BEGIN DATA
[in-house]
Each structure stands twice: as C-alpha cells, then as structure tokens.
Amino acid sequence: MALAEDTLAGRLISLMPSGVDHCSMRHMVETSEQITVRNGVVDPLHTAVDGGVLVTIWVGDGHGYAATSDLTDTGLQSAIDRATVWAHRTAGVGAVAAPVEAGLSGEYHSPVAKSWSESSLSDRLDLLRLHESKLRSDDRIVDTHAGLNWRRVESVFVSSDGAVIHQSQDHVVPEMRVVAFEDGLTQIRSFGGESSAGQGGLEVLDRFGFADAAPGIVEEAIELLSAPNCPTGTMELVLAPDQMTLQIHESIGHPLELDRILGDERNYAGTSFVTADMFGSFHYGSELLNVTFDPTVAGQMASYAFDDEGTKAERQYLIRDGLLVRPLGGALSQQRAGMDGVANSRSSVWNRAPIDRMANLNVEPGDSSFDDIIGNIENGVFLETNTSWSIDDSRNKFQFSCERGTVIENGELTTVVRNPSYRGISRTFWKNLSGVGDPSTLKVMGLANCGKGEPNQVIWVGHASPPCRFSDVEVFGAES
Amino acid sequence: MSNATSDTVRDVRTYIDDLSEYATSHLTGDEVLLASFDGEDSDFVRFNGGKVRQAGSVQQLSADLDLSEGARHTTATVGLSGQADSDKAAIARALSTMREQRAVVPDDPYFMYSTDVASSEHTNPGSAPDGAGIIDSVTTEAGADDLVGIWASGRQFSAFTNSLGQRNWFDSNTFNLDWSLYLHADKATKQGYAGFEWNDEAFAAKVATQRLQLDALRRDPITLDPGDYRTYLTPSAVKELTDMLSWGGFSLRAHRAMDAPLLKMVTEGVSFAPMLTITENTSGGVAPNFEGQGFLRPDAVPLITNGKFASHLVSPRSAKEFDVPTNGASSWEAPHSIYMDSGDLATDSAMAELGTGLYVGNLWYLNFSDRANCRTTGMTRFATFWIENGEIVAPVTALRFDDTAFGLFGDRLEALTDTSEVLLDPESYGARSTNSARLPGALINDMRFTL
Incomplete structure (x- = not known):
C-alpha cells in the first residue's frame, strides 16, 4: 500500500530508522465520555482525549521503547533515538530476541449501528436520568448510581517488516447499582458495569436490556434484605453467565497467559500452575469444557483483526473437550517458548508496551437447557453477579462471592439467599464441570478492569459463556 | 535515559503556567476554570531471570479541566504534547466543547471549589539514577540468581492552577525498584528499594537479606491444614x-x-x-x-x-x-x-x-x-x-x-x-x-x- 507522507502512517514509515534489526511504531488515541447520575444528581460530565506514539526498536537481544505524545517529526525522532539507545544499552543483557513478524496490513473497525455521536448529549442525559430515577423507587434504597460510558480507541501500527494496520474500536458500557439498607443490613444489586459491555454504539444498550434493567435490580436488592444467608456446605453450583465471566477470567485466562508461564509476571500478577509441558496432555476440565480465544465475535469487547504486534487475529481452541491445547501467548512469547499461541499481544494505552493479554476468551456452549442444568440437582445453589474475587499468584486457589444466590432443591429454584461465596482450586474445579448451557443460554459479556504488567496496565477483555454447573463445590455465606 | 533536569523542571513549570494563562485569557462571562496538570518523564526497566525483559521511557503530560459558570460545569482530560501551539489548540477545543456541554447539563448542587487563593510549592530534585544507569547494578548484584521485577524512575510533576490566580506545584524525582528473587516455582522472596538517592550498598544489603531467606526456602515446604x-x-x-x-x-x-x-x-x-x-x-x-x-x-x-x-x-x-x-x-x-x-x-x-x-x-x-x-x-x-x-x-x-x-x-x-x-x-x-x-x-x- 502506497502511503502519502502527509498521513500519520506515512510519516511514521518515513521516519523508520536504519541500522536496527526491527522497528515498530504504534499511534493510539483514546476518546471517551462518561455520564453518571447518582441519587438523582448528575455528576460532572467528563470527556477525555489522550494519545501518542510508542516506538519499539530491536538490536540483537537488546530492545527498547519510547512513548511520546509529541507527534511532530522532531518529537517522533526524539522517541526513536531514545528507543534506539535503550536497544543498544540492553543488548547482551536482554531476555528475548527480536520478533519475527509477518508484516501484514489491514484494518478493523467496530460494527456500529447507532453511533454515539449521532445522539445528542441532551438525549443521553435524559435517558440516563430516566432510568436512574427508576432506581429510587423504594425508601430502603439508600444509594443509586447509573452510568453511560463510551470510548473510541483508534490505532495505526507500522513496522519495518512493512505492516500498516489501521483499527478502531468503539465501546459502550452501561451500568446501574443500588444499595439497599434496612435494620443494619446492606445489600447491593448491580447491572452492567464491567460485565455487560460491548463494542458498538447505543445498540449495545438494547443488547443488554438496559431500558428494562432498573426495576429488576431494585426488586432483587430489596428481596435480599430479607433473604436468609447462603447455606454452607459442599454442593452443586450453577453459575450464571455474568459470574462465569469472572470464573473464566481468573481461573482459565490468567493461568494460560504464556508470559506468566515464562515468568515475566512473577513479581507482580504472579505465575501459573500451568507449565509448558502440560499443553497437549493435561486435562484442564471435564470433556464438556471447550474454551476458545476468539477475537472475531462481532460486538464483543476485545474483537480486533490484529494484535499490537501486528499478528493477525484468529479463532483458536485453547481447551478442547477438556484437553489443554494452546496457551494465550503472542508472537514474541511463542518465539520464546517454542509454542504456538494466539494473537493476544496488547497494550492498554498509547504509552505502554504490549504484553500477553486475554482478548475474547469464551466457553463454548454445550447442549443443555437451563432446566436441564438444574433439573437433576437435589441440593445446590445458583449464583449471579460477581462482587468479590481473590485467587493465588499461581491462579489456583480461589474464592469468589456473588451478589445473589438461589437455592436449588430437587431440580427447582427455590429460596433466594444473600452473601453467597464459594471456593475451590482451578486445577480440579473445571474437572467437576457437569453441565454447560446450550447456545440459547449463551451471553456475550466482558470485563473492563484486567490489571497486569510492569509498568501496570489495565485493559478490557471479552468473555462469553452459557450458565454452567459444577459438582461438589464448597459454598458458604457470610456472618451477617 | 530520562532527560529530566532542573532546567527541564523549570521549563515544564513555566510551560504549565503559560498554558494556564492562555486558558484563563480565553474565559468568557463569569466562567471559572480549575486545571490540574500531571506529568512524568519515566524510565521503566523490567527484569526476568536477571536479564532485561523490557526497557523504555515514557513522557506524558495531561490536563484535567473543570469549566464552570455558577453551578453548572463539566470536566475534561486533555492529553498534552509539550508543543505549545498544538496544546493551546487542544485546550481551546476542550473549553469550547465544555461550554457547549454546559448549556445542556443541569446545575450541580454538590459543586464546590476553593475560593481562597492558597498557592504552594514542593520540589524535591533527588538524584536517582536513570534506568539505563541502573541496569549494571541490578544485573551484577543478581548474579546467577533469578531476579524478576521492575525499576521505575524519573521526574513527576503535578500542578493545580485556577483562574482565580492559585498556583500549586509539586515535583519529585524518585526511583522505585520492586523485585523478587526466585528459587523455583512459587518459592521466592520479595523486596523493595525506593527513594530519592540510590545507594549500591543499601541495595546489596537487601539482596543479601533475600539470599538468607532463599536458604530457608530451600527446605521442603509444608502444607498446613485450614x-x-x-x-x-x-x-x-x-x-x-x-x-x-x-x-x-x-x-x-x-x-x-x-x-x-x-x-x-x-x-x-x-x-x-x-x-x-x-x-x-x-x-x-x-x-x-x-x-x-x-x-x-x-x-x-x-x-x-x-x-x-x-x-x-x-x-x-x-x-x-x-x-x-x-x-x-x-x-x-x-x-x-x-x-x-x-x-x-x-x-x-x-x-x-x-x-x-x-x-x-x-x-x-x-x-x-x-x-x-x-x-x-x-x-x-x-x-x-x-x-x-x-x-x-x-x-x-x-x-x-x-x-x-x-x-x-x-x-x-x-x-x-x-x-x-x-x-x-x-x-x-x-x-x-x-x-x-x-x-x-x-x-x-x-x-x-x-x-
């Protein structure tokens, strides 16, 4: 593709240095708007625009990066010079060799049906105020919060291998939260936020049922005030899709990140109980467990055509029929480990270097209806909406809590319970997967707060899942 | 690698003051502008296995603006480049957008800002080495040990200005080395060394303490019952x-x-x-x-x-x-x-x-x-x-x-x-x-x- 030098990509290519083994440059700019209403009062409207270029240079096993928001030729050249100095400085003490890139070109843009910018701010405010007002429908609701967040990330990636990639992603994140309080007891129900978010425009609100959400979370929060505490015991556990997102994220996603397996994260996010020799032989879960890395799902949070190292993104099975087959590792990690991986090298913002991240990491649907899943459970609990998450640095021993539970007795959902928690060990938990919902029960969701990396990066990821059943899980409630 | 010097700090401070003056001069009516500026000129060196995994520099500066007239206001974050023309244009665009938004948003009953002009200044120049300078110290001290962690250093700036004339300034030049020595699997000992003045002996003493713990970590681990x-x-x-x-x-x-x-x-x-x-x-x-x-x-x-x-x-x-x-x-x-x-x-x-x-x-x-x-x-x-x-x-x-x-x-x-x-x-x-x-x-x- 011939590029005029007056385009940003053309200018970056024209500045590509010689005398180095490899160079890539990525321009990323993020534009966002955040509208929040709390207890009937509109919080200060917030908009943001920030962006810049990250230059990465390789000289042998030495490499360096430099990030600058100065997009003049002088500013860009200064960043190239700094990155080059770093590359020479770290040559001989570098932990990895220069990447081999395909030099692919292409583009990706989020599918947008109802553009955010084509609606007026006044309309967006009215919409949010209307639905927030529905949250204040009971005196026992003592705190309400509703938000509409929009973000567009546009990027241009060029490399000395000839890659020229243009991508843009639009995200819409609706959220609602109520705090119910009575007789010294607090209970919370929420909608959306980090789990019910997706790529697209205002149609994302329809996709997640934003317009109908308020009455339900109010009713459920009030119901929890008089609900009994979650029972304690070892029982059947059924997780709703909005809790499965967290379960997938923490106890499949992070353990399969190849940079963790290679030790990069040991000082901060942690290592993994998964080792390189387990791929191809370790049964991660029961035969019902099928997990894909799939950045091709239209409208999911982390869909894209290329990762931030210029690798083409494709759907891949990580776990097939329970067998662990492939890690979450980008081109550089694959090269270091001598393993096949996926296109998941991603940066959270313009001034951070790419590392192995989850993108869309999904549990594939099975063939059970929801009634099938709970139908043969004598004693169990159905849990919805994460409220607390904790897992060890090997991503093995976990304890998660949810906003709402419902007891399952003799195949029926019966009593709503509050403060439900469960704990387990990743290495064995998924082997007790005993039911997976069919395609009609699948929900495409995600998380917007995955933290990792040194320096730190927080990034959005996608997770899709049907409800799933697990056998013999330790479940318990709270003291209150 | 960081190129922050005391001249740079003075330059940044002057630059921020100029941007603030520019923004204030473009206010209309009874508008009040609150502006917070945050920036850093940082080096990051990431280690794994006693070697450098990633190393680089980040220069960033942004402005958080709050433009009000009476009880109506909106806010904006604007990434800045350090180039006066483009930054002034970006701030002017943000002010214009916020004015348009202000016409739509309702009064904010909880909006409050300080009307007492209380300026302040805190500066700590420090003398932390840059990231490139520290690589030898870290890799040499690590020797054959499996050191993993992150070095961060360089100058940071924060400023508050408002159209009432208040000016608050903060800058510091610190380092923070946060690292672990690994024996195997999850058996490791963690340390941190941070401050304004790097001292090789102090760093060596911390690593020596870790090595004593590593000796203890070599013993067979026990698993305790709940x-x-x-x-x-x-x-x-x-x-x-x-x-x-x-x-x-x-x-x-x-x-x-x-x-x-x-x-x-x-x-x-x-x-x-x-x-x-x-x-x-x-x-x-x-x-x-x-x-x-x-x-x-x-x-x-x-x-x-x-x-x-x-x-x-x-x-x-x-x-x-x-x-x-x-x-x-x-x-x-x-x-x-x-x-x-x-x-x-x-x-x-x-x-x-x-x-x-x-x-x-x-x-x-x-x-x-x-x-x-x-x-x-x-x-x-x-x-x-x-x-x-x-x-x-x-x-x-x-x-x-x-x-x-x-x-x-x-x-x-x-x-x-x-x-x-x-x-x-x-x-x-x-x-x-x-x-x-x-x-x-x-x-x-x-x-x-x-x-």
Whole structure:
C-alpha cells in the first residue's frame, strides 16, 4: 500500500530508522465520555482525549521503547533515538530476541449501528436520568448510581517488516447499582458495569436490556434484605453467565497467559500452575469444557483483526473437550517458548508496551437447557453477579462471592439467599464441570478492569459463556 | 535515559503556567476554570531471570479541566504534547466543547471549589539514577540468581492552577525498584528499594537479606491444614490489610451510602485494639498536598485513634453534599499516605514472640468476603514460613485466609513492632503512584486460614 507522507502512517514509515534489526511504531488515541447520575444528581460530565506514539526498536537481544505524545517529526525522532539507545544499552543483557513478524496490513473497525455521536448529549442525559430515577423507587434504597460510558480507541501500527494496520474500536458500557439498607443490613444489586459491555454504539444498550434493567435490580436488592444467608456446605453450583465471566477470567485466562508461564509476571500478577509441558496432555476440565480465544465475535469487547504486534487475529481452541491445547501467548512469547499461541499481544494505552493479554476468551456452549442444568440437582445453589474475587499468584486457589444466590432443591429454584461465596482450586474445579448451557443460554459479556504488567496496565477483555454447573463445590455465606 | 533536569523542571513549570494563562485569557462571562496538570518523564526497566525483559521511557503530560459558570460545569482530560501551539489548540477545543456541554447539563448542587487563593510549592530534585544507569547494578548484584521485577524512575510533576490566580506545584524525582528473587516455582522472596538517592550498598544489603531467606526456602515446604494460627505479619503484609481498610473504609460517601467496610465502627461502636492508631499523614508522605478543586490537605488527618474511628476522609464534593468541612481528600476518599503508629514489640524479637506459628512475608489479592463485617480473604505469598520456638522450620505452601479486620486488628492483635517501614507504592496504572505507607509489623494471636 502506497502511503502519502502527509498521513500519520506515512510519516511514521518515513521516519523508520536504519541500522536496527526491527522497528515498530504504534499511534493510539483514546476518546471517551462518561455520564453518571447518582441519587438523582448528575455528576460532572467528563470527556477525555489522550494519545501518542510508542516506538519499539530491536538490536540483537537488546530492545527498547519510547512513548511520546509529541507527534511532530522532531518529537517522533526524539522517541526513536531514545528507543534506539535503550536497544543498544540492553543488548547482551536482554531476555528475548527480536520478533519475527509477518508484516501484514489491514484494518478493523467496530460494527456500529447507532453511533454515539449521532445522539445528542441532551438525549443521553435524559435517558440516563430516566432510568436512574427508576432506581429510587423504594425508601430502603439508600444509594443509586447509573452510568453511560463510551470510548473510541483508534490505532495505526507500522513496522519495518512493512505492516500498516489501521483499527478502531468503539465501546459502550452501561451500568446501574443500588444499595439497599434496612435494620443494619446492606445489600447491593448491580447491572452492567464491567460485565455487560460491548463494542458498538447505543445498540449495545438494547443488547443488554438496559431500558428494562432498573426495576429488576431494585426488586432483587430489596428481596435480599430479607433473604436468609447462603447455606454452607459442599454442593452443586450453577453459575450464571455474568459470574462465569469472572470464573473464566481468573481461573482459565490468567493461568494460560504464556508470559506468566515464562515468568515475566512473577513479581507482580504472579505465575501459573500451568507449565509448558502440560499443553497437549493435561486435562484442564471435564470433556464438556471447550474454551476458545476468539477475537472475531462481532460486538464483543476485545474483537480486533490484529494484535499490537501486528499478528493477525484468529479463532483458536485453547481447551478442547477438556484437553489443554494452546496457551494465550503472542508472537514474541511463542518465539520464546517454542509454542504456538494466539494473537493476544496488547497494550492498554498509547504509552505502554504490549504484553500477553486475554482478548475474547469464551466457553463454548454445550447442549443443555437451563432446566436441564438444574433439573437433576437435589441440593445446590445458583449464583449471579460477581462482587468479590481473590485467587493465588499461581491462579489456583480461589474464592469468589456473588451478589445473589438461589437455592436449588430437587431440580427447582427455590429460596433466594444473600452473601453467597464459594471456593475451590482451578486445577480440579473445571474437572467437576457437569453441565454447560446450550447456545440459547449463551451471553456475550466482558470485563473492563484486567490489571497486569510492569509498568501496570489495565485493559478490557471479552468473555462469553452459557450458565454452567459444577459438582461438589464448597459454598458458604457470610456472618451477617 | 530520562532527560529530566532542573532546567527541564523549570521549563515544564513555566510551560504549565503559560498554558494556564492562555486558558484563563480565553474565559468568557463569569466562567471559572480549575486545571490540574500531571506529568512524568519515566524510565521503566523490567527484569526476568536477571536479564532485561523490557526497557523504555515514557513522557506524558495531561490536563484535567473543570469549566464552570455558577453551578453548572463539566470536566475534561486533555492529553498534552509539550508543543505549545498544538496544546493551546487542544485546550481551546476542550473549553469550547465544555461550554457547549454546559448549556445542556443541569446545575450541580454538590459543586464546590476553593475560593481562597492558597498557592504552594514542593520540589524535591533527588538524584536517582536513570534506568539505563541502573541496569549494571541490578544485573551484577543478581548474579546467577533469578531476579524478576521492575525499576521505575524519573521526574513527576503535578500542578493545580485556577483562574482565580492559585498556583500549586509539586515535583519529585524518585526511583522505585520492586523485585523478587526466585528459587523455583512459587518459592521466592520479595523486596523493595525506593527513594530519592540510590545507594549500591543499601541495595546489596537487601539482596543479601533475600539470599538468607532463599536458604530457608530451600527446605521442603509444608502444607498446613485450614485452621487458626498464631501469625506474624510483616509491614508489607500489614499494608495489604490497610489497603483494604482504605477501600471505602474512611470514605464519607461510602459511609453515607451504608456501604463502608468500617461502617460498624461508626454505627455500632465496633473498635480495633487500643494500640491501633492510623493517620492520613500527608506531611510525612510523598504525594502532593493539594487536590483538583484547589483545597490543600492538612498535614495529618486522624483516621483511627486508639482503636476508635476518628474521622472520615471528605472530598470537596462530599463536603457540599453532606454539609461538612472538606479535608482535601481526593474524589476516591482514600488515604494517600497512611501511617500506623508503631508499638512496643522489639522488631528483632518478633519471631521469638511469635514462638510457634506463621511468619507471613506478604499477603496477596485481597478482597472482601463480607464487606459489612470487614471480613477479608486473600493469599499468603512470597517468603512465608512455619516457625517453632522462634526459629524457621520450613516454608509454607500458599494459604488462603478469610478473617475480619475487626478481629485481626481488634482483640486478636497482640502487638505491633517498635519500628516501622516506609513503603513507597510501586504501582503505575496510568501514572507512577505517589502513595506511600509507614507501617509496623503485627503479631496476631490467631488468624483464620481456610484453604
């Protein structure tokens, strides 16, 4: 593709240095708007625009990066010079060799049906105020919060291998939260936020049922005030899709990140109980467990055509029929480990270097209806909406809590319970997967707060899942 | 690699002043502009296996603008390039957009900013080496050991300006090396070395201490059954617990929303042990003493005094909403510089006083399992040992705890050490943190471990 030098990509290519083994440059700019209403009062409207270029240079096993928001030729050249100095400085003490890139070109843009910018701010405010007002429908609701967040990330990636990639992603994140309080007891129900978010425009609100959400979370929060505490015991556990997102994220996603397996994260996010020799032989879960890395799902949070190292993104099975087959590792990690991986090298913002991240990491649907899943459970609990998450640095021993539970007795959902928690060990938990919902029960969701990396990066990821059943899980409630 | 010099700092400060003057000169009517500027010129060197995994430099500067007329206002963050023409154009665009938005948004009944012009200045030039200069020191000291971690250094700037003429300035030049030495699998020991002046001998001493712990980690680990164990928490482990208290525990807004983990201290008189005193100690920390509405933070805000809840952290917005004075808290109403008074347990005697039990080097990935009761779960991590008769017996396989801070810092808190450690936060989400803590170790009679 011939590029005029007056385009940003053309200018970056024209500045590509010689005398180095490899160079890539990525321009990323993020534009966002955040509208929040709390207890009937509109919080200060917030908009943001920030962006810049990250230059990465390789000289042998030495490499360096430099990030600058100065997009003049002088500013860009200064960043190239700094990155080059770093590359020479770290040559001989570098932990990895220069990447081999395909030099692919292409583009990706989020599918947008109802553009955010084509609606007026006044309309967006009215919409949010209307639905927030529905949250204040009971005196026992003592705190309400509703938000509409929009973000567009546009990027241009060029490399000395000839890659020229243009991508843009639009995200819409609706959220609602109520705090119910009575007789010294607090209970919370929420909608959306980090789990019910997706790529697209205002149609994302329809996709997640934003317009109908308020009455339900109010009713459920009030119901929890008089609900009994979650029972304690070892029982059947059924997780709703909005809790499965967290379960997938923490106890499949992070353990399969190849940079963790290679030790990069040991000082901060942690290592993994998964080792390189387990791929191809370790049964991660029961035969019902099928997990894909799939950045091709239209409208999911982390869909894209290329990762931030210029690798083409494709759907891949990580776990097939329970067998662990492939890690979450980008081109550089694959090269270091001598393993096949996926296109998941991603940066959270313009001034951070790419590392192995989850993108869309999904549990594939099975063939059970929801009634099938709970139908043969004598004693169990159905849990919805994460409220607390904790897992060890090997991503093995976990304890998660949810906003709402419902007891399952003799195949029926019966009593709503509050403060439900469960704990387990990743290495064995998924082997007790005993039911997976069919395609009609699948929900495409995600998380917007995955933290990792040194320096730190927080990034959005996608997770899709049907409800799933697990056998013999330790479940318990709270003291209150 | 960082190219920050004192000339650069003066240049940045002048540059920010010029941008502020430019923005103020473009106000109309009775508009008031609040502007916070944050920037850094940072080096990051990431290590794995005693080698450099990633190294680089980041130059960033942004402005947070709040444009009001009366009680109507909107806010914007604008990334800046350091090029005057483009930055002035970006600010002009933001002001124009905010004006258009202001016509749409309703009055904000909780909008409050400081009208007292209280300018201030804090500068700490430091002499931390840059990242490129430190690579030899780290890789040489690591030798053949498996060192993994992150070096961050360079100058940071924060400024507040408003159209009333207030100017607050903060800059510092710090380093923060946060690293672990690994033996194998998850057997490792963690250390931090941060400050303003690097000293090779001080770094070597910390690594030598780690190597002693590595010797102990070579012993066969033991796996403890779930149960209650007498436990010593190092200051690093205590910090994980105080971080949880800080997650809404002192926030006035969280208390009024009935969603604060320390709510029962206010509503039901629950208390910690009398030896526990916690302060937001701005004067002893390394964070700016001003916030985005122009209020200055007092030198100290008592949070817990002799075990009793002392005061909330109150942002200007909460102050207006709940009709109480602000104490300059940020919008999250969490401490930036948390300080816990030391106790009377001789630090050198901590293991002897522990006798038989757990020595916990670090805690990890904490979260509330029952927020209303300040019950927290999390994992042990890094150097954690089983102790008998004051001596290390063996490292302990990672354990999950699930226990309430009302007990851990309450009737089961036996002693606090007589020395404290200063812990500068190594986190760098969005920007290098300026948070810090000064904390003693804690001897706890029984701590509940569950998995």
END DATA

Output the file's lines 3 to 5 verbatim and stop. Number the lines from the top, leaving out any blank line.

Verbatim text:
Amino acid sequence: MALAEDTLAGRLISLMPSGVDHCSMRHMVETSEQITVRNGVVDPLHTAVDGGVLVTIWVGDGHGYAATSDLTDTGLQSAIDRATVWAHRTAGVGAVAAPVEAGLSGEYHSPVAKSWSESSLSDRLDLLRLHESKLRSDDRIVDTHAGLNWRRVESVFVSSDGAVIHQSQDHVVPEMRVVAFEDGLTQIRSFGGESSAGQGGLEVLDRFGFADAAPGIVEEAIELLSAPNCPTGTMELVLAPDQMTLQIHESIGHPLELDRILGDERNYAGTSFVTADMFGSFHYGSELLNVTFDPTVAGQMASYAFDDEGTKAERQYLIRDGLLVRPLGGALSQQRAGMDGVANSRSSVWNRAPIDRMANLNVEPGDSSFDDIIGNIENGVFLETNTSWSIDDSRNKFQFSCERGTVIENGELTTVVRNPSYRGISRTFWKNLSGVGDPSTLKVMGLANCGKGEPNQVIWVGHASPPCRFSDVEVFGAES
Amino acid sequence: MSNATSDTVRDVRTYIDDLSEYATSHLTGDEVLLASFDGEDSDFVRFNGGKVRQAGSVQQLSADLDLSEGARHTTATVGLSGQADSDKAAIARALSTMREQRAVVPDDPYFMYSTDVASSEHTNPGSAPDGAGIIDSVTTEAGADDLVGIWASGRQFSAFTNSLGQRNWFDSNTFNLDWSLYLHADKATKQGYAGFEWNDEAFAAKVATQRLQLDALRRDPITLDPGDYRTYLTPSAVKELTDMLSWGGFSLRAHRAMDAPLLKMVTEGVSFAPMLTITENTSGGVAPNFEGQGFLRPDAVPLITNGKFASHLVSPRSAKEFDVPTNGASSWEAPHSIYMDSGDLATDSAMAELGTGLYVGNLWYLNFSDRANCRTTGMTRFATFWIENGEIVAPVTALRFDDTAFGLFGDRLEALTDTSEVLLDPESYGARSTNSARLPGALINDMRFTL
Incomplete structure (x- = not known):